• Rain Gardens
  • CT LID Atlas
  • CT LID Regs
  • LID/GI Photo Gallery

Rain Gardens Website

Rain Garden WebsiteIn 2012 NEMO partnered with the Connecticut Fund for the Environment's Save the Sound program to create a rain garden "how to" website, focused on helping Connecticut and New England homeowners build their own rain garden. The Rain Gardens website is meant to be a companion site to both the CT NEMO website and Save the Sound's new Reduce Runoff website.

The Rain Gardens website has detailed information about what a rain garden is and why they are so important. The site is divided into easy to follow steps including how to pick a location and size, check the soil, select plants, how to properly install them, and how to maintain the garden both in the short-term and long-term. The site also features videos that discuss each step, a "cost calculator" to help estimate the cost of installing a garden, and a database of mostly native plants ideal for a rain garden in the Northeastern U.S. Plants can be searched based on several factors including type of plant (perennial, grass, shrub, tree) bloom color and sun exposure preferred. Plants fitting the criteria are then listed along with an image, height and width (full grown), seasonal bloom times and any additional notes specific to a particular plant.

Go to Rain Gardens Website

Rain Garden App

Planning to Build a Rain Garden?

Use the Rain Garden app first, a FREE web-based app. Through video tutorials, diagrams, text, and tools, the App guides you through how to properly locate, size, install, plant, and maintain a rain garden to help protect local waterways.The app works on any device that can access the internet - iPhones, Android phones, Windows phones, iPads, tablets, desktops, laptops, and more.LEARN MORE

Visit to launch the app now!.

CT Low Impact Developement (LID) Inventory Atlas

Low impact development (LID) is designed to reduce the negative impacts of traditional development on our water resources. The goal of LID is to preservation the predevelopment hydrology of a site. Site-level practices, such as rain gardens, swales, and pervious pavements, are some of the stormwater treatment practices that can be used to work towards this goal.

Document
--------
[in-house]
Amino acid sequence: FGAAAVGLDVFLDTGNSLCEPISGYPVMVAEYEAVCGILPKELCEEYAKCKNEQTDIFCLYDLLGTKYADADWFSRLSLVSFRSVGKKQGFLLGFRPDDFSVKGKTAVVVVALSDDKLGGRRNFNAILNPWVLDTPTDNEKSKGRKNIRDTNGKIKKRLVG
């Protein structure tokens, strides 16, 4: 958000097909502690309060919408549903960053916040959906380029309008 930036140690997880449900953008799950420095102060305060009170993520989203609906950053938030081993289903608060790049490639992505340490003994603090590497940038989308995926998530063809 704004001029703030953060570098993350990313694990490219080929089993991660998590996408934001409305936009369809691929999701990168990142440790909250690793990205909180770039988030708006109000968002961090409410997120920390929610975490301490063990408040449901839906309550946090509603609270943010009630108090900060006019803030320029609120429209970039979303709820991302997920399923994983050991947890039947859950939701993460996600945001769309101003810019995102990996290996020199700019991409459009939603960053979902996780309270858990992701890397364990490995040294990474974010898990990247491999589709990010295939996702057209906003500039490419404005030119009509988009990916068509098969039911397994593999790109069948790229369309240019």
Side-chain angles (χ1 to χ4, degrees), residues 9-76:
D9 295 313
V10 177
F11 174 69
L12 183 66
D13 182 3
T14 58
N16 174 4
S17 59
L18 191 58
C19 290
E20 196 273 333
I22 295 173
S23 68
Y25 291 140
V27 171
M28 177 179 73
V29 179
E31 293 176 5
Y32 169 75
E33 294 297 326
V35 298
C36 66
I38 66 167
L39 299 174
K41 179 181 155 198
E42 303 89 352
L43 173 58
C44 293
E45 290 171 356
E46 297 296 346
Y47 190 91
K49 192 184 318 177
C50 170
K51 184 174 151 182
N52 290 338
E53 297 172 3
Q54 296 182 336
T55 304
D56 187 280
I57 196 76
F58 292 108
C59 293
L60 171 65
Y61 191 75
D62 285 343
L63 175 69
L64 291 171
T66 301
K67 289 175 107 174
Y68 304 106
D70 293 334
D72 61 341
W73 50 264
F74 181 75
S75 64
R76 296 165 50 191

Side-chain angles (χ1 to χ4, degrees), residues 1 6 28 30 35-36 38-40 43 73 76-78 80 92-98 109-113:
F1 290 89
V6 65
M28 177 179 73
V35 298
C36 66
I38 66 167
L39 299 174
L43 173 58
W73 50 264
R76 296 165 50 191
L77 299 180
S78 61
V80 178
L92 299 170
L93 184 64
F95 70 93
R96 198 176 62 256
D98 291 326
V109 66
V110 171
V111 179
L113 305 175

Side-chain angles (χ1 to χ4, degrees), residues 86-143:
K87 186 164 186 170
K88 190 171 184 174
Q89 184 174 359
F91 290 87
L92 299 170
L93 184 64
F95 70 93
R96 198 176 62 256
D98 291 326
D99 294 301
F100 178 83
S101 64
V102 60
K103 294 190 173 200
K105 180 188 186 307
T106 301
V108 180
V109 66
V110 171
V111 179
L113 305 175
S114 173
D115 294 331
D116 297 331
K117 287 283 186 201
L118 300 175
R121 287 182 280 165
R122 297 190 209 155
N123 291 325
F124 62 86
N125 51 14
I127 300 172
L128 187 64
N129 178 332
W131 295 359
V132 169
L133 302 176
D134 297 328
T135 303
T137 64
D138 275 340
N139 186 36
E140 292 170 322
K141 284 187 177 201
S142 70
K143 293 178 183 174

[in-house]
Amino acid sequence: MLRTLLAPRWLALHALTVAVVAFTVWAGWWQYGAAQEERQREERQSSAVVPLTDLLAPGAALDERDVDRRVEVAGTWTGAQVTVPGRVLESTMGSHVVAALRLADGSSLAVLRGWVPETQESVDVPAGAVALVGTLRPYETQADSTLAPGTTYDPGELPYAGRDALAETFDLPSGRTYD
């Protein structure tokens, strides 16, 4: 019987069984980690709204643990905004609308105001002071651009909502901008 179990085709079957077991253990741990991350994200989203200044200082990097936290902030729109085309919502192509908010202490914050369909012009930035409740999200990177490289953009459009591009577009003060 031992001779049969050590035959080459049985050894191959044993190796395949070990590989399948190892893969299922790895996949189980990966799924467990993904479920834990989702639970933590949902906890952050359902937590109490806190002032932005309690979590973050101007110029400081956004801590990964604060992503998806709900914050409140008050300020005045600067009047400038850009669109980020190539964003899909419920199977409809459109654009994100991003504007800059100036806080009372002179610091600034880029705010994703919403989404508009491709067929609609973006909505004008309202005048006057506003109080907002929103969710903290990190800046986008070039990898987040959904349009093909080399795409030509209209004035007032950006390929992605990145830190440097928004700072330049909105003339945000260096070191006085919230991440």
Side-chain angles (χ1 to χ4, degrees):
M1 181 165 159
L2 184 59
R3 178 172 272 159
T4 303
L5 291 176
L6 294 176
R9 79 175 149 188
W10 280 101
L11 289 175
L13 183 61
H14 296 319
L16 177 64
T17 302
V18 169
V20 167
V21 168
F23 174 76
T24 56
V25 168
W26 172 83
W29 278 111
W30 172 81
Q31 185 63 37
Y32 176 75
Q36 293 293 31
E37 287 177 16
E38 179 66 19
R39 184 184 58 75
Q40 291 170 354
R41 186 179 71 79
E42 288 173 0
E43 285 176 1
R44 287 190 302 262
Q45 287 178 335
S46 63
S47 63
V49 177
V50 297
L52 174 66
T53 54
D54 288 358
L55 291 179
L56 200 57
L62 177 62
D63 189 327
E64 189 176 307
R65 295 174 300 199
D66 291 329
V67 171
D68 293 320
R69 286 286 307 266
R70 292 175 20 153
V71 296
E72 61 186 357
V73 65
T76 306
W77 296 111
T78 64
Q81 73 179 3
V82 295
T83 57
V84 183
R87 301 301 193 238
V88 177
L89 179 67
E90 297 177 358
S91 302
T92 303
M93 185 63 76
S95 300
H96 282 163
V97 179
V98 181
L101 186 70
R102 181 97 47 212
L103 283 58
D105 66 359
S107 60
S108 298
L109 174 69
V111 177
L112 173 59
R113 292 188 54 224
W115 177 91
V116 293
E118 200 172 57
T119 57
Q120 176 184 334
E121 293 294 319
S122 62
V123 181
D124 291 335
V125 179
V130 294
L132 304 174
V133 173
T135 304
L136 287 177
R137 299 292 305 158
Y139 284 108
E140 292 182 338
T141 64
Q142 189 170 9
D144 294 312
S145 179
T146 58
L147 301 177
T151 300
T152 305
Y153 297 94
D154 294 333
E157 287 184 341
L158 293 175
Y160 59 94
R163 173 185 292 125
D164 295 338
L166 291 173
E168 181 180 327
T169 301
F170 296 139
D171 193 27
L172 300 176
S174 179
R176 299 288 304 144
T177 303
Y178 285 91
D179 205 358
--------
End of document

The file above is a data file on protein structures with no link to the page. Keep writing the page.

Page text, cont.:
This website allows you to retrieve LID sites from the inventory by clicking on the interactive map or selecting sites by the LID treatment practice. You can also find companies that design and install these LID practices.

Visit the CT LID Atlas

Submit New LID Site to the Atlas

Visit the National LID Atlas

Low Impact Development (LID) Regulations

There are many ways to incorporate innovative stormwater management strategies and low impact development (LID) into local town regulations. This website allows you to explore some Connecticut town and city regulations that have introduced innovative solutions to stormwater management. The list of regulations is not meant to be exhaustive. Alternatively, it is meant to help stimulate ideas on how your town can adopt lower-impact practices that protect water resources.

Go to the Website

LID Practices Highlighted

bioretention gallery green roofs Pavers Tree Boxes
Rain Gardens/ Bioretention Green Roofs Pervious Pavements Tree Boxes

Eagleville Brook Impervious Cover TMDL Website

TMDL MapIn 2007, the Connecticut Department of Environmental Protection issued the first total maximum daily load (TMDL) in the country based on impervious cover (IC).

What does an "IC-TMDL" mean, and how does one respond to it? This website describes the Eagleville Brook watershed TMDL, a project designed to answer these questions. Go to Eagleville Brook Implementation Site page

A Guided Virtual Tour of LID/GI Practices


Go on an online guided tour of LID features on the UConn Campus with Dr. Mike Dietz.

Visit the interactive map


DIY - Communities Respond to an Impervious Cover TMDL

TMDL MapThis website is meant to provide succinct, step-by-step guidance for communities who are required to use an impervious cover-based framework for protecting and restoring their water resources.

Go to the Do It Yourself website



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